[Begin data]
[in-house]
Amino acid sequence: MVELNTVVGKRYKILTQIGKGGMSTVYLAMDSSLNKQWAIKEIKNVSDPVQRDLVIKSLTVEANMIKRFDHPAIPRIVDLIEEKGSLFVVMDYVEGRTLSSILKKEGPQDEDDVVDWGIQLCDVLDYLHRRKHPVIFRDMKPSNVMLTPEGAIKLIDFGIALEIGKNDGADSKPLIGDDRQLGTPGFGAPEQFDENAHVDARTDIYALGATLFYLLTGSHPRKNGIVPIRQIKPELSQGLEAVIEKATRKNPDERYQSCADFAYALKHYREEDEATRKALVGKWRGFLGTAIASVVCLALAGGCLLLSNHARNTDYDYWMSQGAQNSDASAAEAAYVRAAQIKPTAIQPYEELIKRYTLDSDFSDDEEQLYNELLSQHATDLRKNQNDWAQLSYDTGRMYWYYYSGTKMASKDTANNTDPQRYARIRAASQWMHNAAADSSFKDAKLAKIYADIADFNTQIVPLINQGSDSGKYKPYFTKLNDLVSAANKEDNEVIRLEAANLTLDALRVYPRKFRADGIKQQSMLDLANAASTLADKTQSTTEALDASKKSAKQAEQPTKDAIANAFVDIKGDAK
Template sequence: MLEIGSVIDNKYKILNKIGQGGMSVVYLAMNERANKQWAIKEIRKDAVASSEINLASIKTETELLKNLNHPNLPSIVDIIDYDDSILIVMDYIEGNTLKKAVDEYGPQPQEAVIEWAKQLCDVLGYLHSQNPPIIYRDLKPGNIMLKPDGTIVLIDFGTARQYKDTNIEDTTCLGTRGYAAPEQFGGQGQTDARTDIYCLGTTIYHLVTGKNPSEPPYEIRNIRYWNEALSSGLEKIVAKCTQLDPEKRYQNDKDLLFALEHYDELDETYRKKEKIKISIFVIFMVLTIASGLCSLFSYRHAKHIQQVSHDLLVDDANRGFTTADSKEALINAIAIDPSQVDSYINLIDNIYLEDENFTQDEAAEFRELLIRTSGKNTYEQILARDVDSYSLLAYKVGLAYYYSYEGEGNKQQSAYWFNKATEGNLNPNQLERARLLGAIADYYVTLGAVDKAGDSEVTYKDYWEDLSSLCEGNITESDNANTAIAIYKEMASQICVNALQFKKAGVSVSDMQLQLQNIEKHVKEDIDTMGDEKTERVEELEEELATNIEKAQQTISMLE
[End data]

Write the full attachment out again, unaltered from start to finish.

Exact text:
[in-house]
Amino acid sequence: MVELNTVVGKRYKILTQIGKGGMSTVYLAMDSSLNKQWAIKEIKNVSDPVQRDLVIKSLTVEANMIKRFDHPAIPRIVDLIEEKGSLFVVMDYVEGRTLSSILKKEGPQDEDDVVDWGIQLCDVLDYLHRRKHPVIFRDMKPSNVMLTPEGAIKLIDFGIALEIGKNDGADSKPLIGDDRQLGTPGFGAPEQFDENAHVDARTDIYALGATLFYLLTGSHPRKNGIVPIRQIKPELSQGLEAVIEKATRKNPDERYQSCADFAYALKHYREEDEATRKALVGKWRGFLGTAIASVVCLALAGGCLLLSNHARNTDYDYWMSQGAQNSDASAAEAAYVRAAQIKPTAIQPYEELIKRYTLDSDFSDDEEQLYNELLSQHATDLRKNQNDWAQLSYDTGRMYWYYYSGTKMASKDTANNTDPQRYARIRAASQWMHNAAADSSFKDAKLAKIYADIADFNTQIVPLINQGSDSGKYKPYFTKLNDLVSAANKEDNEVIRLEAANLTLDALRVYPRKFRADGIKQQSMLDLANAASTLADKTQSTTEALDASKKSAKQAEQPTKDAIANAFVDIKGDAK
Template sequence: MLEIGSVIDNKYKILNKIGQGGMSVVYLAMNERANKQWAIKEIRKDAVASSEINLASIKTETELLKNLNHPNLPSIVDIIDYDDSILIVMDYIEGNTLKKAVDEYGPQPQEAVIEWAKQLCDVLGYLHSQNPPIIYRDLKPGNIMLKPDGTIVLIDFGTARQYKDTNIEDTTCLGTRGYAAPEQFGGQGQTDARTDIYCLGTTIYHLVTGKNPSEPPYEIRNIRYWNEALSSGLEKIVAKCTQLDPEKRYQNDKDLLFALEHYDELDETYRKKEKIKISIFVIFMVLTIASGLCSLFSYRHAKHIQQVSHDLLVDDANRGFTTADSKEALINAIAIDPSQVDSYINLIDNIYLEDENFTQDEAAEFRELLIRTSGKNTYEQILARDVDSYSLLAYKVGLAYYYSYEGEGNKQQSAYWFNKATEGNLNPNQLERARLLGAIADYYVTLGAVDKAGDSEVTYKDYWEDLSSLCEGNITESDNANTAIAIYKEMASQICVNALQFKKAGVSVSDMQLQLQNIEKHVKEDIDTMGDEKTERVEELEEELATNIEKAQQTISMLE